That was a frustrating delay because it was on a Saturday and I didn’t want to either drive the 20 miles (one way) to reset my account (unlock it) nor did I feel it was urgent enough to ask someone on my staff to stop by the office to take care of my Exchange account. I knew it would reset itself in a few hours, so I shut down everything (the e-mail client on my Mac laptop, my iPod Touch, and my cell phone/PDA that accesses my e-mail and synchs to the Exchange server). About 24 hours later I was able to get into the Exchange server from my laptop, so I stopped experimenting with my iPod Touch setup for Exchange and spent the rest of the weekend just testing the new App Store function and downloading various free applications.

Once I was back in my office after the weekend, I once again tried to set up my iPod Touch to synch with the Exchange server and it worked flawlessly. Ever since then, it has just worked. In fact, it’s worked exceptionally well.

Between the clarity of the screen and the ease of use factor that Apple engineers into every one of their products, I find that the iPod Touch is THE best PDA on the market. I have had this iPod Touch for more than six months. And, while I used it from time to time for listening to music or podcasts, I didn’t really use it all that much. That all changed the minute it began to provide me with easy access to my e-mail, calendar, and contacts. Now, it has become a great new productivity tool that I am becoming dependent on for my work.

You might think that there is nothing special about the iPod Touch when it comes to synchronizing data with the Exchange server. You would be wrong. The experience of reading and responding to e-mail on the iPod Touch is significantly better than using any of the PDA’s on the market. I’ve been using PDA’s since the mid-1990’s and this is different. I don’t know if it’s the way the software looks and works or if it’s the user interface and the large touch surface that makes the difference. Maybe it’s both. But, the entire experience is different — better.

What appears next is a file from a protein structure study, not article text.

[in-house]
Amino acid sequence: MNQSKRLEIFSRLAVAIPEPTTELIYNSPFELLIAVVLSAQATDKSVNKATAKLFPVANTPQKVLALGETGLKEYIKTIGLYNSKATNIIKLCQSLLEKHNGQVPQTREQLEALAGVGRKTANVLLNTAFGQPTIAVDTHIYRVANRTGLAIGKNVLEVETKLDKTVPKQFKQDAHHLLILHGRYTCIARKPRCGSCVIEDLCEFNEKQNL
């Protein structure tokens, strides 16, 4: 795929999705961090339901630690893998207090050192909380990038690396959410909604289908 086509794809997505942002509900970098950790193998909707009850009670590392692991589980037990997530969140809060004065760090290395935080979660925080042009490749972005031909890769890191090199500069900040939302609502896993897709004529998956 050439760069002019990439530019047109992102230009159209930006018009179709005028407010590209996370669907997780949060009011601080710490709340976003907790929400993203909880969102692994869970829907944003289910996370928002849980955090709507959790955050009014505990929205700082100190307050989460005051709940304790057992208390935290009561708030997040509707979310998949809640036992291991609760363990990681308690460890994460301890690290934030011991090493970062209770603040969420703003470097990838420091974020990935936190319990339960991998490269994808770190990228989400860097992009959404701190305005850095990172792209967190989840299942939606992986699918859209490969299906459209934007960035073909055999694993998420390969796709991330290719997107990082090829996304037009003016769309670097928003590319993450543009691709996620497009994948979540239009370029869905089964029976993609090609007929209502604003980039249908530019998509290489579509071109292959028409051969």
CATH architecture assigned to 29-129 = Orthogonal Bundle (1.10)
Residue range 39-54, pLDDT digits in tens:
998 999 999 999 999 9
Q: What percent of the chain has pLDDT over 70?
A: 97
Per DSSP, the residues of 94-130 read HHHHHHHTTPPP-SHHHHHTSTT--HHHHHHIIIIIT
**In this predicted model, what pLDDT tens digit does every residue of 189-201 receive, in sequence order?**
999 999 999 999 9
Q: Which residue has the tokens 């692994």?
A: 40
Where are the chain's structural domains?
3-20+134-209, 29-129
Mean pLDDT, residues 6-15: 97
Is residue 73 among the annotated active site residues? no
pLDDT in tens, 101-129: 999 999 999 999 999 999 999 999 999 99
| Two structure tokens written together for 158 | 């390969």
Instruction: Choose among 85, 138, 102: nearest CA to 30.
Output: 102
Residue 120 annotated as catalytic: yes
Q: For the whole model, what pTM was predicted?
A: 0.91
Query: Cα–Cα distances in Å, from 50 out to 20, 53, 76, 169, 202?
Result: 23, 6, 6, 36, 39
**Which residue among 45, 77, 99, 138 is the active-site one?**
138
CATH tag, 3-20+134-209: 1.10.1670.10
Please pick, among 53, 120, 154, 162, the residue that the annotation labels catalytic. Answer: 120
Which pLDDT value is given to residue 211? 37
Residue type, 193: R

If you have no interest in changing cell phones or for some other reason don’t want to consider buying an iPhone, then look seriously at getting an iPod Touch. If you use an exchange server where you work, it is definitely worth it, but even if you just use it for personal e-mail, it works well with Gmail, Hotmail, Yahoo mail, etc.

But wait, there’s more! While the main value of the iPod Touch for me is compatibility with the Exchange server, there is also growing value and significance that it can be expanded to do new things by downloading applications through the Apple App Store. I have downloaded dozens of free games, utilities, news aggregators, etc.  Some of them have been very powerful and I think are just the tip of the iceberg when it comes to how the iPod Touch and iPhone can or will be used in the future. It’s easy to predict that the iPod Touch and iPhone will become THE portable appliance of choice for custom applications and niche programs used in many industries. I can’t wait to see where the next innovative application will come from, but I would guess that there will be a version for the iPod Touch or a special client that will allow people to access the data from an iPod Touch.

My recommendation for anyone looking to replace or update their old PDA is to get an iPhone Touch. You will be glad you did.

This is not an advertisement for Apple. And, no, I don’t own any Apple stock, but I am tracking their stock price using the Bloomberg software on my iPod.

Apple Bento: The new personal database for Macs February 10, 2008

Posted by Matsu in Apple, Information Technology, Japan, Mac, Microsoft, Software, Technology, Windows/Microsoft.

Japanese bentoYup, Apple is finally shipping a database for the rest of us. Yesterday they released a new product called Bento by FileMaker.

As you may know, FileMaker is an Apple company that provides database software designed for small to medium sized businesses. Now, they are selling a new $50 database product for individuals who want to track collections of things or just plan a party.